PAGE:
Substituent Field-Inductive Effects


A substituent is a spectator atom that noticeably perturbs the reactivity of a functional group. For example, CF3CO2H contains a CO2H acidic group and three fluorine substituents. The latter make this compound much more acidic than an unsubstituted reference compound, CH3CO2H.

This definition of substituent implies a comparison between two compounds. There must be a reference compound that displays normal reactivity in addition to the substituted compound with its abnormal reactivity. Usually, the two compounds are related by replacing the substituent atoms with H, e.g. CF3CO2H vs. CH3CO2H, however chemists have been known to argue over what is the "correct" reference compound (and these arguments can be interesting).


Inductive effect: a series of bond polarizations

Imagine a four atom chain, Y-X1-X2-X3, in which Y is more electronegative than X. At first glance, the X-X bonds are nonpolar, so the only atoms with partial charges are Y and X1. Y does not appear to influence the other X atoms.

This may not be right, however. Suppose we develop our picture of the charge distribution in a different way. The Y-X1 bond is still polarized towards Y, and this creates a small d+ charge on X1. However, this also makes X1 a little more electronegative than X2. This difference may be enough to polarize the X1-X2 bond slightly so that X2 ends up with a charge too (it will be only dd+). By the same logic, the X2-X3 bond is slightly polarized and X3 may carry a very small ddd+ charge.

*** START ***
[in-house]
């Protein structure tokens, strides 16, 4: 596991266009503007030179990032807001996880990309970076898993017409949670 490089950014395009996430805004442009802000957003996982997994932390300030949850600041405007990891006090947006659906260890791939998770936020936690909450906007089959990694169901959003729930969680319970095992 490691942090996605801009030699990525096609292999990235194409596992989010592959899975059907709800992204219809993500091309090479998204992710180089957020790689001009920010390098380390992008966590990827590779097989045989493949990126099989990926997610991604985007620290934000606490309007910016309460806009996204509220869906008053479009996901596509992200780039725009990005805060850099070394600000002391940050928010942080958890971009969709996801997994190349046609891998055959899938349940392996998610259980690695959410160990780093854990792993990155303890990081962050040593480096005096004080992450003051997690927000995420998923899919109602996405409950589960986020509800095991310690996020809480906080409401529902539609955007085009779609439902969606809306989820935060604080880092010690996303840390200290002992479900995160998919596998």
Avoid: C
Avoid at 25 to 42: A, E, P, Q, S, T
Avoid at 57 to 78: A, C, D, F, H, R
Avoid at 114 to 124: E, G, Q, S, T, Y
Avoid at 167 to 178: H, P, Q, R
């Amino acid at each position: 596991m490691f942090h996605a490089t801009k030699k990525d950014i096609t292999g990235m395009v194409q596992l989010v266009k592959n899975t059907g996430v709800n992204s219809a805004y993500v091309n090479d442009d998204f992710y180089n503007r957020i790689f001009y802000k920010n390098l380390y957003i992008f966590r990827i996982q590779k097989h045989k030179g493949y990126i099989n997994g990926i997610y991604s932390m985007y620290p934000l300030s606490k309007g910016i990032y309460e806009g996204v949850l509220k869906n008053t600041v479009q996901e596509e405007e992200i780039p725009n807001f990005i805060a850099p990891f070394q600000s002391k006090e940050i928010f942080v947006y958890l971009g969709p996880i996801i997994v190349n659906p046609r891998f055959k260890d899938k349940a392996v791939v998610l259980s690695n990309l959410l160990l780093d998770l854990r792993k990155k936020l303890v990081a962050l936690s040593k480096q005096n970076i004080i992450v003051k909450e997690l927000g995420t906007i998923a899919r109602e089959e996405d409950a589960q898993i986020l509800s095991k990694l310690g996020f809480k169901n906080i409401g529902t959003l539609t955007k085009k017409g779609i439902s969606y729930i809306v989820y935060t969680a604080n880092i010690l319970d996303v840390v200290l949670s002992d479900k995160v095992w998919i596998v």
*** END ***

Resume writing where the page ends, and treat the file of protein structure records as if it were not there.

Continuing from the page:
In short, the Y creates a chain of bond polarizations so that each atom in the chain is slightly electron deficient. This is called the inductive effect of Y and chemists used to put great store in it (and older chemists still do). In principle, the inductive effect of Y can enhance a compound's acidity by making an acidic H somewhere in the chain more positive than it would be otherwise. Molecular models, however, have shown that the effect of Y, while large on X1, is very modest on the other atoms in the chain, so it is unclear what the inductive effect can really accomplish.


Field effect: an ion-dipole interaction

The molecular modeling results suggest that we should return to our initial picture of the Y-X1-X2-X3 chain in which Y and X1 form a polar covalent bond and the remaining bonds are nonpolar. Notice that the polar bond corresponds to a dipole that points from X1 (d+) to Y (d-).

Now suppose a chemical reaction creates a negative charge on X3. As the charge develops on X3, an ion-dipole interaction appears between X3 and the X1-Y dipole. The interaction will be stabilizing because the the negative ion (X3) is closer to the positive end of the dipole (X1). This stabilizing interaction will make the reaction more favorable.

In this case, Y influences a remote atom by creating an electric field, so this is known as the field effect of Y. The magnitude of this effect depends on the electronegativity of Y, and the position of the Y-X1 dipole relative to the developing ion.


Inductive vs. Field

Although these effects operate by different mechanisms, they usually push things in the same direction. Both effects require a polar Y-X1 bond, and both will be larger when this bond is more polar. The inductive effect dies off when bonds intervene between Y and the reaction site, while the field effect dies off with increasing "line-of-sight" distance between the Y-X1 dipole and the reaction site. This distinction, bond distance vs. line-of-sight distance, rarely matters in practice, however. Therefore, chemists tend to refer to both effects by a single name ("the inductive effect") or by a combined name ("the field-inductive effect") and do not bother trying to distinguish between them.


Review problems

under construction